The UCI “Italian” clause. Out with Di Luca, back in with Ricco.
Oh, it’s there alright.
Buried in the UCI regulations is a clause only a few cycling historians know exists. It’s doubtful that even president Patrick McQuaid has heard of it. It’s not necessarily a secret, simply an obscure three line item that’s never brought to light. It goes by the innocuous Article: 378.7B-11 and states there must always be “one flashy egotistical Italian in the peloton at all times.”
Monday allowed us to see the inner wisdom of the UCI and the adherence to the spirit of 378.7B-11. Italian Danilo di Luca suspended just as Italian Riccardo Ricco returns from suspension. Life in balance, wheels turning without effort. The flashy self-absorbed climber finishes his 20 months of banishment just as the flashy egotistical blowhard Di Luca goes into forced hibernation. In and out, whimper and bang.
There’s an inherent poetry and the chronological symmetry almost makes Ricco and Di Luca brothers. The Cobra and the Killer. The obscure UCI article is a fundamentalist throwback to the wink-wink days of doping and was written as a gift to the loyal Italian tifosi. Somewhere in Heaven the Pirate smiles.
There must always be a hero to cheer, a reckless, dashing and hot-blooded Italian that attacks at a moments notice. A rider who speaks of honor and character and writes his own legends. In the modern era, that means riders like Pantani, Cipollini, Bartoli and our two current CERA injectors, Ricco and Danilo di Doping.
There is much smart thinking behind this UCI article. Despite our distaste for Di Luca’s colossal hypocrisy and the mundane quality of his lies, we’ll miss the feisty rider. There’s no denying his talent and his passion for racing and he impressed us with his never-say-die efforts to beat Denis Menchov in the 2009 Giro. The man rode himself inside out and left; he left his blood on the road to Rome. And by golly, he looked stylish doing it, like he had a blow dryer and gel in his jersey pocket.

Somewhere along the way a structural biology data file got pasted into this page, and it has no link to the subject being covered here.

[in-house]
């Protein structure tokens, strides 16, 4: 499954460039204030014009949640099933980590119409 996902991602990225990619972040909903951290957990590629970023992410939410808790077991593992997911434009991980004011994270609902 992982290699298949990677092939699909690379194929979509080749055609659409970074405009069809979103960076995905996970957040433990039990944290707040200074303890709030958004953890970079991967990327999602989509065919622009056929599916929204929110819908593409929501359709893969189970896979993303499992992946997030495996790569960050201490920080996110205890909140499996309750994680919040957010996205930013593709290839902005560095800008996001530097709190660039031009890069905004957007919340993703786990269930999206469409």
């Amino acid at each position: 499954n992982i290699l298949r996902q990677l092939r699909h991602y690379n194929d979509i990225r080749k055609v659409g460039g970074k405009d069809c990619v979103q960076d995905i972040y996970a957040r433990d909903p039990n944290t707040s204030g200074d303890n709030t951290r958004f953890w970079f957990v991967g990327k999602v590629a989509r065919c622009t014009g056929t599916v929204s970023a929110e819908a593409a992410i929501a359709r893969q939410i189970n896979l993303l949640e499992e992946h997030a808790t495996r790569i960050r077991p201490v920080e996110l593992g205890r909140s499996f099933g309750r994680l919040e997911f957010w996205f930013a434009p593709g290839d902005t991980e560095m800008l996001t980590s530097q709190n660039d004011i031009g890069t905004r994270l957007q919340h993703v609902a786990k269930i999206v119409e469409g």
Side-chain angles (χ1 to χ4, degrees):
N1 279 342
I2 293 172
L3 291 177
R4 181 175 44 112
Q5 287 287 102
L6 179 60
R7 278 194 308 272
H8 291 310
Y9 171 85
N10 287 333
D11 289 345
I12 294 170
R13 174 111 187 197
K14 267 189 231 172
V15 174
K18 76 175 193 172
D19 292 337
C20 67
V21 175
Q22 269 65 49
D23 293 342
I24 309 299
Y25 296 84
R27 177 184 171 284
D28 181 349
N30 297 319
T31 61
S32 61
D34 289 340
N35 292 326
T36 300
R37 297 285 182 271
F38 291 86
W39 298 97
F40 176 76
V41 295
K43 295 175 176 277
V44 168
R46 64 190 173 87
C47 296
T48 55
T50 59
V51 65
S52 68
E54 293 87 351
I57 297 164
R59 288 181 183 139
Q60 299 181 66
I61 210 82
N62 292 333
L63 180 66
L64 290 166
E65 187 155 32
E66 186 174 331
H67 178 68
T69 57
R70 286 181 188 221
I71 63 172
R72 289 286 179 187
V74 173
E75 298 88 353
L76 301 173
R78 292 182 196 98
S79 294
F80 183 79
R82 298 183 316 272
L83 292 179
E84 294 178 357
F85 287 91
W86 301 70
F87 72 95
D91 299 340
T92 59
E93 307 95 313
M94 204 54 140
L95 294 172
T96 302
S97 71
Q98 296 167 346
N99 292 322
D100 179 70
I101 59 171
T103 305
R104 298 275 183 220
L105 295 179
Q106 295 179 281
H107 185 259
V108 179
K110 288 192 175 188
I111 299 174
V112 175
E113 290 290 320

The same can be said for Ricco the rocket. Cycling fans appreciate men who don’t ride like accountants, endless re-calculating the odds but never acting. No Hamlets in the peloton! Ricco’s insane attacks in the mountains of the 208 Tour de France thrilled everyone. Even if you questioned the legality of his power output, you had to give the Cobra his due on pure, exhilarating spirit.
Every Italian knows that spectacle is part of biking racing — it’s Roman gladiators, tigers, blood and a Fellini-esque orgy of podium girls and circus show freaks in lycra. Kinda sorta. Cycling requires an out-sized personality with Latin panache.
Having a flashy egotistical bike racer to cheer on is an Italian birthright along, along with superior Tuscan red wine, good leather shoes, hand rolled pasta and women is tight dresses. Take away all those things and what do you have? Belgium, that’s what. Another cycle-mad country but with nowhere near the same sex appeal.
We here at Twisted Spoke support the vision behind UCI Article 378.7B-11. See you in a few years Danilo, three cheers for Ricco. Italy welcomes you back to the races.